On fancystats and accurate estimates

Stats post, wading into deep water without the little swimmy things…

Expansion and sources on Wednesday’s story:

Start Here, @joshweissbock’s post Sunday night with estimated Fenwick Close and PDO numbers for the AHL. “Bridgeport is bad,” he writes.

“WATCH THE GAME, NERD” I hear a cry. Well, I do, usually. Try to. Attempt. When not chasing early deadlines and what have you. Along the way I try to tick off Corsi and note blocked shots to turn it into Fenwick. I’m sure I miss one or two, but over time I’m hoping they even out. Then it’s just counting. (Which, honestly, math is easier.)

The first definition of “Fenwick Close” that I came across was this one. I’ve since seen others. You’re killing me, nascent community codifying your ideas. But I’ll start with the first way: Shots attempted or on goal, not blocked, while the game was tied in the third period or within a goal in the first two.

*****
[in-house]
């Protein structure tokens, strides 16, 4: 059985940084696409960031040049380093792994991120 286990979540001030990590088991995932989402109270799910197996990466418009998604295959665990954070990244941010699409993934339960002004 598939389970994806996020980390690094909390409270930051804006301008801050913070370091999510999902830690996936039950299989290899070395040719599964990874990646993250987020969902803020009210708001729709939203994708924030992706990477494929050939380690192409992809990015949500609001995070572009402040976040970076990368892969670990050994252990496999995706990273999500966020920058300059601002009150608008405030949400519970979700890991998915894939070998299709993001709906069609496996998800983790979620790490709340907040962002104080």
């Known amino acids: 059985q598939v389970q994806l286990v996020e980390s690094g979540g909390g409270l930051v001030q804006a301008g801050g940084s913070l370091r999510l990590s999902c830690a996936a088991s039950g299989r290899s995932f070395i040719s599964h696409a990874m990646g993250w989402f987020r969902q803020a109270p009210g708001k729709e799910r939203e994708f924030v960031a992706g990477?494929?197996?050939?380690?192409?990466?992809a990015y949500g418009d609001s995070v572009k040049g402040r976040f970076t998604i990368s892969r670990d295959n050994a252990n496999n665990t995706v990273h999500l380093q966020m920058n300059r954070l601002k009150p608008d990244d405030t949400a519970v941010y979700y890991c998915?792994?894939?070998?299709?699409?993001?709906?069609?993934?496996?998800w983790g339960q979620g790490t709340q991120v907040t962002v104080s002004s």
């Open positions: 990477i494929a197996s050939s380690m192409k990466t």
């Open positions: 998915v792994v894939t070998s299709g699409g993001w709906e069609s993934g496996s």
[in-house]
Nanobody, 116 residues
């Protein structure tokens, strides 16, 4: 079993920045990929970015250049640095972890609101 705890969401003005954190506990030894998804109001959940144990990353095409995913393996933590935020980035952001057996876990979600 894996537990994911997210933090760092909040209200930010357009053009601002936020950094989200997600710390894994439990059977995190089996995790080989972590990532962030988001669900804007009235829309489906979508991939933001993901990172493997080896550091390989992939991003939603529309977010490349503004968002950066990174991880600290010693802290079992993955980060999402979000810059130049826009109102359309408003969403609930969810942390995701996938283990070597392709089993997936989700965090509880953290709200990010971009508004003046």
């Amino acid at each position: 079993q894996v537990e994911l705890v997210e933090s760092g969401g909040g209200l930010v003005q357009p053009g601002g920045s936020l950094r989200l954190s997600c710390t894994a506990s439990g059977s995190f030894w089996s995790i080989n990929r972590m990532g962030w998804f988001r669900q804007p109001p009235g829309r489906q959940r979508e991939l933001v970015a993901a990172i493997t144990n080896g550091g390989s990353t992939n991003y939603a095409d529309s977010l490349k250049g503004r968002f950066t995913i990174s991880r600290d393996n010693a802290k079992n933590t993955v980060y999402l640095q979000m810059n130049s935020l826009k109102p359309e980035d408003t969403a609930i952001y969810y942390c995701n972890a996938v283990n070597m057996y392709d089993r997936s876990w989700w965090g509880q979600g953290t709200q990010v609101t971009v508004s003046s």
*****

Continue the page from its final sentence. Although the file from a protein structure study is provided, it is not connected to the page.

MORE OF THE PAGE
And Bridgeport comes out better in that count than the @joshweissbock estimate. Hang on: it’s not an ordinal better.

Basically, the counting is not complimentary to Bridgeport in the first quarter. Click here for a big jpeg of numbers.

(FC F/A: Fenwick Close for and against in all situations in regulation time. FCES: At even strength in regulation time. FC5: At five-on-five. FCOT4: In the four-on-score part of overtime. FCOT3: In three-on-three. OT notes for special-teams time in overtime. The totals for FC and FCES first sum only regulation time, then the next line adds in overtime.)

So more or less, estimates are awesome. (Estimates are cool when you’re part of a team.)

Two weeks ago, my overall number was within a few hundredths of a percent of Josh’s estimate, which was pretty cool. The trend had been slightly upward, so I was curious which way things would go. I wanted to double check some things and get in a few more games — which turned out not to be pretty games — before I went writing. So there it is.

Michael Fornabaio